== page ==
After all, lose the Nebraska game and the Longhorns are still very much in the hunt for the South title. Lose the Shootout, and the Longhorns have given away a likely two-game advantage to the Sooners.
Those who favor Oklahoma in the 2010 version of the annual rivalry game typically seem to point at three main factors:
1) The Sooners return a trio of offensive talent in quarterback Landry Jones, running back DeMarco Murray and wide receiver Ryan Broyles, all of whom have playmaking ability. Jones passed for close to 3,200 yards and 26 touchdowns a year ago, while Murray, who had injury problems, had more than 1,200 combined rushing and receiving yards and 12 touchdowns. Broyles, the top returning receiver in the Big 12, had 89 catches for 1,120 yards and 15 touchdowns a year ago. Add Jones's passing, Murray's rushing and Broyles's receiving numbers up, and the trio produced 5,023 yards and 49 touchdowns. Texas's top three returnees in those categories (Garrett Gilbert, Tre' Newton and Malcolm Williams) combined for 1,412 yards and 10 touchdowns.
2) More experience on the offensive line. It's amazing, especially among media members, what a difference a player can make. Return two offensive line starters, and your team is rebuilding. Return three, and you're bringing back "most of the line," and have a strong foundation. Unfortunately for Texas, the Longhorns return the former, and fortunately for Oklahoma, the Sooners bring back the latter. Because of this, the Sooners are expected to improve along the offensive line, while many think Texas will struggle, at least initially, at those spots. It's worth noting that both coaches were optimistic about their offensive lines at Big 12 Media Days last week.
3) Less perceived turnover. The Sooners return more starters (barely, 11-10 according to Athlon), and aren't making any fundamental changes from a year ago. Meanwhile, the Longhorns are changing their offensive philosophy (though tackle Kyle Hix said the shift wasn't "that different") from a year ago and must rely on players not named McCoy and Shipley. The Sooners took their lumps last year with a young lineup caused by several key injuries. So many people think the Sooners will "grow up" from those lumps, while Texas, with new players, could take some lumps this year that it didn't a year ago.
But let's also take a look at three of the advantages the Longhorns might have:
1) Texas will have the better defense. There are a lot of things to like about the Sooner defense, such as a strong defensive line that can pressure the passer and a young but extremely talented group of linebackers. But the Longhorns also return players who can get after the quarterback, return a more experienced set of linebackers and arguably the top group of defensive backs in the country. If the Longhorn defensive line can pressure Jones and allow the defensive backs to wrap up the Sooners' receivers, while closing up running lanes and aiding the Longhorn linebackers, the Sooners' triad of stars could have a rough go of it again. If defenses win championships, Texas's group could lead the Longhorns to the South title yet again.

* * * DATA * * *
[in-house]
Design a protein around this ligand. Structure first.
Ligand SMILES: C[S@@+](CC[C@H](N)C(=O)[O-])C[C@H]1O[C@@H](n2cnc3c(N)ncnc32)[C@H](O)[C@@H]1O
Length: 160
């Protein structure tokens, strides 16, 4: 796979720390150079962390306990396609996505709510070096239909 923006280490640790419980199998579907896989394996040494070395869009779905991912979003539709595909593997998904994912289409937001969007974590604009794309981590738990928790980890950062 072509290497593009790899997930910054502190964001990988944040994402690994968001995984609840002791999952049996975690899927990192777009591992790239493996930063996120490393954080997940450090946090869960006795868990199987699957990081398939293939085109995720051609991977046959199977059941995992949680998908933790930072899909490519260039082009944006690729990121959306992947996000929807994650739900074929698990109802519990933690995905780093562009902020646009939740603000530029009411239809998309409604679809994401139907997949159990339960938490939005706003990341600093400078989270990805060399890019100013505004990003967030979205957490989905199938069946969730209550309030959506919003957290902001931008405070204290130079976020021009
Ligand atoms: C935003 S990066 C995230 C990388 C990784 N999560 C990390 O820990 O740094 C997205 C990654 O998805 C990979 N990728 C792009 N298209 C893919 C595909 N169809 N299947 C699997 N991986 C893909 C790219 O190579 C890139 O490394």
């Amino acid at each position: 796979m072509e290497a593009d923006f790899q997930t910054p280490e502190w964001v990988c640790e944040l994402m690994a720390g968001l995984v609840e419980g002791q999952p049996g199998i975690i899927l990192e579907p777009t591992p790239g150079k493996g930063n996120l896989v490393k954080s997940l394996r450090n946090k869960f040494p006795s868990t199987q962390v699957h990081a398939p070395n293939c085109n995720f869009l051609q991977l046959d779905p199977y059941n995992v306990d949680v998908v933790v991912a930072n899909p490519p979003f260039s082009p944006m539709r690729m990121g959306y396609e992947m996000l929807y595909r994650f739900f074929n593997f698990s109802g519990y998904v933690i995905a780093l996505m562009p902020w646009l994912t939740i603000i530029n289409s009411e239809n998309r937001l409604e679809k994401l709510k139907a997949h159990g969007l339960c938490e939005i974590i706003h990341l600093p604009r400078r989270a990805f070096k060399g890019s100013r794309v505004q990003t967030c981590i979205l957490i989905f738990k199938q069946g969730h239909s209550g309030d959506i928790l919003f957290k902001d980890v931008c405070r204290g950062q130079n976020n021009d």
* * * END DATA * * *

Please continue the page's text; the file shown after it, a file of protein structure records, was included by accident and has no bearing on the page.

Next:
2) Texas will have a deep, and talented, group of skill-position players on offense. The Longhorns may not have a DeMarco Murray or Ryan Broyles, but they boast a deep and versatile running back group, led by Tre' Newton, Fozzy Whitaker and Vondrell McGee and big backs Cody Johnson and Chris Whaley. At receiver, the Longhorns are even deeper. Malcolm Williams certainly has No. 1 potential, while James Kirkendoll could also produce at that level. John Chiles has earned rave reviews for his work in the summer, but he'll be tested by slick sophomore DeSean Hales and speedsters Marquise Goodwin and D.J. Monroe. Add in talented redshirt freshman Greg Timmons and top-notch young talents like Mike Davis and Darius White and the Longhorns have a number of options on both sides.
3) Texas is more injury resistant. What I mean here is that Texas is better equipped to handle key injuries. Both Texas and Oklahoma would be devastated by an injury to the quarterback, though Texas would seem to be more equipped to handle it with a fifth-year senior backup. If the top running back went down, the drop-off from Murray to Jermie Calhoun is greater than that of Newton to Whitaker. And Texas's receiver group is deeper than the Oklahoma version. Both teams would struggle with injuries to the either line, while Texas is deeper at linebacker and defensive back. Considering the game is in week five, injuries could certainly come into play.
It's way too early to make a score prediction of the game, and of course, so much could change between now and then. But it's probably a safe bet that defenses will again rule the day, and that a play or two, possibly from somebody unexpected, could swing the game for either team.